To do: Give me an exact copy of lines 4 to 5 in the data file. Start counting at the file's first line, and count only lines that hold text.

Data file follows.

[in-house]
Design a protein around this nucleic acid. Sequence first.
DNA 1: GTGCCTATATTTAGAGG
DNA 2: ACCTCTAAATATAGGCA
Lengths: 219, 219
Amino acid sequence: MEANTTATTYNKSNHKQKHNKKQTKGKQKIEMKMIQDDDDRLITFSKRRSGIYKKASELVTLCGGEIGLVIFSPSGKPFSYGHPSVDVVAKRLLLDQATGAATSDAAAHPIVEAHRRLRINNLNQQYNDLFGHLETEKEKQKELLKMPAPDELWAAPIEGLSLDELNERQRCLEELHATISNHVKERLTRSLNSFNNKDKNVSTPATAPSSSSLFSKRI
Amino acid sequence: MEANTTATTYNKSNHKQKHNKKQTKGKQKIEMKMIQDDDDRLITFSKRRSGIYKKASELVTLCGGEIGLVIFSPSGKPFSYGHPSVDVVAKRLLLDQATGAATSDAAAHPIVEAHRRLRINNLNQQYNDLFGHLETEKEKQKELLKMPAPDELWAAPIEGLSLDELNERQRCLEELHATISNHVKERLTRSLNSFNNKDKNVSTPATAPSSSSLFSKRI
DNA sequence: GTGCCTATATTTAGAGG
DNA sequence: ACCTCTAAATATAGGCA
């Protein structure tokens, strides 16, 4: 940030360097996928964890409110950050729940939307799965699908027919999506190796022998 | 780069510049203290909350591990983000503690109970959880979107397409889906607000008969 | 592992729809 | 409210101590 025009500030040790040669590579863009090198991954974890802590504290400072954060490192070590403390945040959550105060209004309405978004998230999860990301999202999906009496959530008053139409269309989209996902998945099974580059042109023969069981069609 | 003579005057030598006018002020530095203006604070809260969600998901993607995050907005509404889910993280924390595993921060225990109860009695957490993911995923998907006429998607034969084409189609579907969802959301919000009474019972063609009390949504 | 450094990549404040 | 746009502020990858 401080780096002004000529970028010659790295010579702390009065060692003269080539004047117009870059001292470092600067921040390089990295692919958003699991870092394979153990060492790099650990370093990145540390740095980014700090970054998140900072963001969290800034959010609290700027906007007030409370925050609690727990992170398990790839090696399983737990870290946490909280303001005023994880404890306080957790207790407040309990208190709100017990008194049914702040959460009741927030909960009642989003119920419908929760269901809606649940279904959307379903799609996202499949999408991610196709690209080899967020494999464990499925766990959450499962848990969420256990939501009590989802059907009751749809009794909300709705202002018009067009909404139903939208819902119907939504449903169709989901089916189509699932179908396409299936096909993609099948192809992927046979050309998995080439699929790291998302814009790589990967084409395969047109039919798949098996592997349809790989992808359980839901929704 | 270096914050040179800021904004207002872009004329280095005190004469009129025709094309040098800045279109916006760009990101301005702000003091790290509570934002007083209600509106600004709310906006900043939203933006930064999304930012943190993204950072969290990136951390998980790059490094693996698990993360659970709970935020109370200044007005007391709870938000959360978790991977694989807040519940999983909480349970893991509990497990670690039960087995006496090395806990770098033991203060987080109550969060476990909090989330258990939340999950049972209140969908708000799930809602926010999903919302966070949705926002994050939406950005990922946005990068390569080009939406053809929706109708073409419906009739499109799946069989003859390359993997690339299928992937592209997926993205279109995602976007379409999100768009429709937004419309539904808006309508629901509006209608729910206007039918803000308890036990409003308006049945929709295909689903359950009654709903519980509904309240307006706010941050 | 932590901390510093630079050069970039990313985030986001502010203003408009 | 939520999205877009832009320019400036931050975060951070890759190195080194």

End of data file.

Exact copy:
DNA 2: ACCTCTAAATATAGGCA
Lengths: 219, 219